The Nation's Housing: Mortgage relief faces a nightmare
WASHINGTON — Given the huge public and private resources being devoted to helping financially distressed homeowners — including the recently announced $25 billion national mortgage settlement with five major banks — you might assume that a key federal tax law benefit underpinning these efforts would be a shoo-in for renewal.
But it's not. The Mortgage Forgiveness Debt Relief Act is set to expire in 10 months, and there are early indications on Capitol Hill that it might not make the cut. The law, first enacted in 2007, allows homeowners who have received principal reductions on their mortgages as the result of loan modifications, short sales or foreclosures to avoid income taxation on the amounts forgiven.
Loss of that tax help would endanger huge numbers of distressed mortgage arrangements in the months ahead. For example, the $25 billion mortgage settlement with state attorneys general requires the banks to provide more than $10 billion in principal reductions to borrowers. Meanwhile, other lenders and mortgage servicers who are not parties to the settlement already provide principal reductions to troubled borrowers. Many of these owners would face hefty and ill-timed taxable income hits if the law is not extended.
Yet election-year politics and a contentious lame-duck, year-end congressional session loaded with tax and budget issues could doom renewal of the debt relief tax legislation.
Republican strategists say the cost of continuing the program — $2.7 billion for two years — is substantial enough to catch the eyes of budget-deficit hawks. They add that some members of Congress may be opposed to what they see as another targeted federal benefit for people who didn't pay their mortgages — subsidized by taxpayers who did the right thing and stayed current on their loans, even while underwater or facing financial distress.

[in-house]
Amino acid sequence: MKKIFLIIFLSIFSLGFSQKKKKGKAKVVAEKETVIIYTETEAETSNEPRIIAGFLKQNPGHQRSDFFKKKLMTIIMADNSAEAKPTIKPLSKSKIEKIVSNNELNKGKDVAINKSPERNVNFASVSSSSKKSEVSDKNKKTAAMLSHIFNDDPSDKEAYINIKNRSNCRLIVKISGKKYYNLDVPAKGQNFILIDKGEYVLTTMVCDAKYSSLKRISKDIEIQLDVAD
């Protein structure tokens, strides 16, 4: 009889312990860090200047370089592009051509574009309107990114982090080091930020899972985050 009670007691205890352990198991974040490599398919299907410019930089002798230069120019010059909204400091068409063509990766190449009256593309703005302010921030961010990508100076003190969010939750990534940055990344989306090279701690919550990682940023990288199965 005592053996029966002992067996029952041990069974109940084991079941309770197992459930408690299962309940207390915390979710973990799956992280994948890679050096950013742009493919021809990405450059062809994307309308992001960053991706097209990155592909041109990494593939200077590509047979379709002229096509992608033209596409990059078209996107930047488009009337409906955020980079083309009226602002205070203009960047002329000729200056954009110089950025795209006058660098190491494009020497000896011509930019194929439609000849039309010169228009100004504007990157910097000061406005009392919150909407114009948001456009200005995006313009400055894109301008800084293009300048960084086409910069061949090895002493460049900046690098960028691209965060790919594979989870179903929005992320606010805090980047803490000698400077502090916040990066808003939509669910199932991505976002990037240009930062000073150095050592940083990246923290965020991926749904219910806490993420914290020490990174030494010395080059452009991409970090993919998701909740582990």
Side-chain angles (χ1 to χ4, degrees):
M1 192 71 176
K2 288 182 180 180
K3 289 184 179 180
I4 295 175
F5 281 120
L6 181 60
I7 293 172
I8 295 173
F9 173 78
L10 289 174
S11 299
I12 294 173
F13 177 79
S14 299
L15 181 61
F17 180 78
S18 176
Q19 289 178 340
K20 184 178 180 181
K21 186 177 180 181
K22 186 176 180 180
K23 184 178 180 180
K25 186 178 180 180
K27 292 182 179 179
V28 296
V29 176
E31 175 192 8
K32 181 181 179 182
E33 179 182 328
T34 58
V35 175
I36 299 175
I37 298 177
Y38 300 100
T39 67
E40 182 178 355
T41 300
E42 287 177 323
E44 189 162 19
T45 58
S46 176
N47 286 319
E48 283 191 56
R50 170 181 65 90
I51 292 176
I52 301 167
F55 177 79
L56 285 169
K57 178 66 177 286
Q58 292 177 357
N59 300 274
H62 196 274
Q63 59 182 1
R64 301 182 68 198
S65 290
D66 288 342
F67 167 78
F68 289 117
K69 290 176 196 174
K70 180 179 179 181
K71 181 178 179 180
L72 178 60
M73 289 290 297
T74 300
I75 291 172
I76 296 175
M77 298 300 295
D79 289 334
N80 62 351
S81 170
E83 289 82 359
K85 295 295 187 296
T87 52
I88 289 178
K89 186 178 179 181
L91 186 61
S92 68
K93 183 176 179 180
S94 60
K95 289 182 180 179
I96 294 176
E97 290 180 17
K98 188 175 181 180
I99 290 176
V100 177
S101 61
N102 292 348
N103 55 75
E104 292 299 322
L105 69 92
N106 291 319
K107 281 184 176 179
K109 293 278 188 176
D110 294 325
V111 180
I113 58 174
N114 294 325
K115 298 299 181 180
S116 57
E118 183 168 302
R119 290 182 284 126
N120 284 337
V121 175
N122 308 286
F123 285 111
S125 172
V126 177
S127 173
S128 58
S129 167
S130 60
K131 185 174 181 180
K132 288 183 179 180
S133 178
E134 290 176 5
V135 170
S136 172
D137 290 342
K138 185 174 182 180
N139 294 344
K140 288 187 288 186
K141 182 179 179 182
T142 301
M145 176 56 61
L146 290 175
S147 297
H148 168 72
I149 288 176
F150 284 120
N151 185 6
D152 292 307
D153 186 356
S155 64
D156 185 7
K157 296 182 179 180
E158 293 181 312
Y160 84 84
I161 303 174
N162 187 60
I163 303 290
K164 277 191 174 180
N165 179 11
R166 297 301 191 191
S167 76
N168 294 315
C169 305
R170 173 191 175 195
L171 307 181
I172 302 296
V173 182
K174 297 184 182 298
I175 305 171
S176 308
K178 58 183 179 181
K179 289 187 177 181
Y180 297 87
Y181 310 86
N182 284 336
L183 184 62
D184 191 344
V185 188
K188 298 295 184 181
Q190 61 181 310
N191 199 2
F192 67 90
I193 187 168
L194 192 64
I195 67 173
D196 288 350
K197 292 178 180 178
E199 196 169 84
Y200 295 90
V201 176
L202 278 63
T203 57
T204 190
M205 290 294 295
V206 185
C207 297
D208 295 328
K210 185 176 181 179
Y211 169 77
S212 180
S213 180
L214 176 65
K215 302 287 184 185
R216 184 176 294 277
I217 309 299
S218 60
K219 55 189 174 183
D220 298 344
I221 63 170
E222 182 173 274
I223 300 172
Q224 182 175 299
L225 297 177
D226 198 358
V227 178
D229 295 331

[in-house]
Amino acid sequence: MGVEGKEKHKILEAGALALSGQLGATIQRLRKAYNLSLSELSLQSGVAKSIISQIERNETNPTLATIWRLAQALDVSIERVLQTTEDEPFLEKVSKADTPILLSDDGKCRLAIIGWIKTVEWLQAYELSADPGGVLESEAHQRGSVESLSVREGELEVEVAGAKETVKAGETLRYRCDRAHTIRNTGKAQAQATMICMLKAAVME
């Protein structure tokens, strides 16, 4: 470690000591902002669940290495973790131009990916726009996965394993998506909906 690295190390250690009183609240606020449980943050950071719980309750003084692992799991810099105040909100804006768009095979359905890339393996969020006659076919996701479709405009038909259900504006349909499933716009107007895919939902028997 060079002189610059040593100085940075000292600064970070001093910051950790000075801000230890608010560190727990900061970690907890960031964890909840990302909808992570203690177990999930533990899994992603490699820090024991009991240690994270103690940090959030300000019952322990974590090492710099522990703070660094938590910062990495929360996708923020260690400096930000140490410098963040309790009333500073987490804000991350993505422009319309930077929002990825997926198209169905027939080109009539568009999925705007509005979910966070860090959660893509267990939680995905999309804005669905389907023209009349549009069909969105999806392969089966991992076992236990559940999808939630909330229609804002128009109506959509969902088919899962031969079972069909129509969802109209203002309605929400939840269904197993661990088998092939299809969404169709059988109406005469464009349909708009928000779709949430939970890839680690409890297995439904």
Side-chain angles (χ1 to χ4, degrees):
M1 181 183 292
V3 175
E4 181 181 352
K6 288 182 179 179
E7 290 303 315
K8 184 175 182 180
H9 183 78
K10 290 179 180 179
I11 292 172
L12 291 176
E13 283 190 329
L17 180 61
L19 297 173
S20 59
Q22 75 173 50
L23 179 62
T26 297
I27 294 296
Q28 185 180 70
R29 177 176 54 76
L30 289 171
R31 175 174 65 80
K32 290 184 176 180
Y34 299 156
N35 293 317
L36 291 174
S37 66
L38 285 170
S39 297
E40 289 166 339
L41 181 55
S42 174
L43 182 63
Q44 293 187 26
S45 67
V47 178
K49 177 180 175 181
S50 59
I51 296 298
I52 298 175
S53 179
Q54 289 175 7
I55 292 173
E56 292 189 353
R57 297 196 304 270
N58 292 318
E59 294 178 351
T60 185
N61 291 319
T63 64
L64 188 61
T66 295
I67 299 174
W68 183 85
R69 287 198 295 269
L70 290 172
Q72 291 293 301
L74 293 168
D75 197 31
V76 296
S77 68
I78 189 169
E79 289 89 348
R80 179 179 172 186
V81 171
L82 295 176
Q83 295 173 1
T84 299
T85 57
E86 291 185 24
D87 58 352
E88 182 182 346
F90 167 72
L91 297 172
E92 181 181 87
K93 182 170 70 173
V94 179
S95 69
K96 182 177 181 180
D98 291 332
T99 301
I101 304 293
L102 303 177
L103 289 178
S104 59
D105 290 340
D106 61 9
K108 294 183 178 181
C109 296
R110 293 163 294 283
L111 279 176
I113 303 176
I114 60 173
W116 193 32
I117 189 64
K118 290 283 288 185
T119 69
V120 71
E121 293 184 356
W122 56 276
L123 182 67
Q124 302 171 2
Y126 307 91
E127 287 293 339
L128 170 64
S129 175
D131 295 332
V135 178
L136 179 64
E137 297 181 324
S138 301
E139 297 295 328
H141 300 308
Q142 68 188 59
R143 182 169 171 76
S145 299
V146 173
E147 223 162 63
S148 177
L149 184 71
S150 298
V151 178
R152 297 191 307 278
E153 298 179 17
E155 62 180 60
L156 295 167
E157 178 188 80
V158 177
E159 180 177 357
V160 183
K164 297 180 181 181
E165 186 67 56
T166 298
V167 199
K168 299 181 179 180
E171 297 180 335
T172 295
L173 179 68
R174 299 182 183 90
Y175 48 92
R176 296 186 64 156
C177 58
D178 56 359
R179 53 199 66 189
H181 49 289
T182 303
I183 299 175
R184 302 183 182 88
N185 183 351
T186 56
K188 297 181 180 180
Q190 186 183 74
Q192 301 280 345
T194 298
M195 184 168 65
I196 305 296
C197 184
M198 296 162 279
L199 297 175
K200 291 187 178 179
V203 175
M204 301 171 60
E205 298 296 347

Douglas Holtz-Eakin, president of the center-right American Action Forum, former director of the Congressional Budget Office and economic adviser to Sen. John McCain's 2008 presidential campaign, said in an interview that there is “a powerful sentiment,” especially among conservative freshman House members supported by the tea party, that tax code “bailouts” to delinquent and underwater homeowners are fundamentally unfair.
“It's going to be an uphill fight” to get an extension through, he predicts.
Real estate and housing groups are worried about the same political dynamics and are gearing up campaigns to try to save the mortgage debt cancellation tax provisions in advance of the November elections, well before the expected year-end squeeze. Some industry lobbyists put the current odds of getting a pre-election, stand-alone extension bill through Congress at less than 50-50.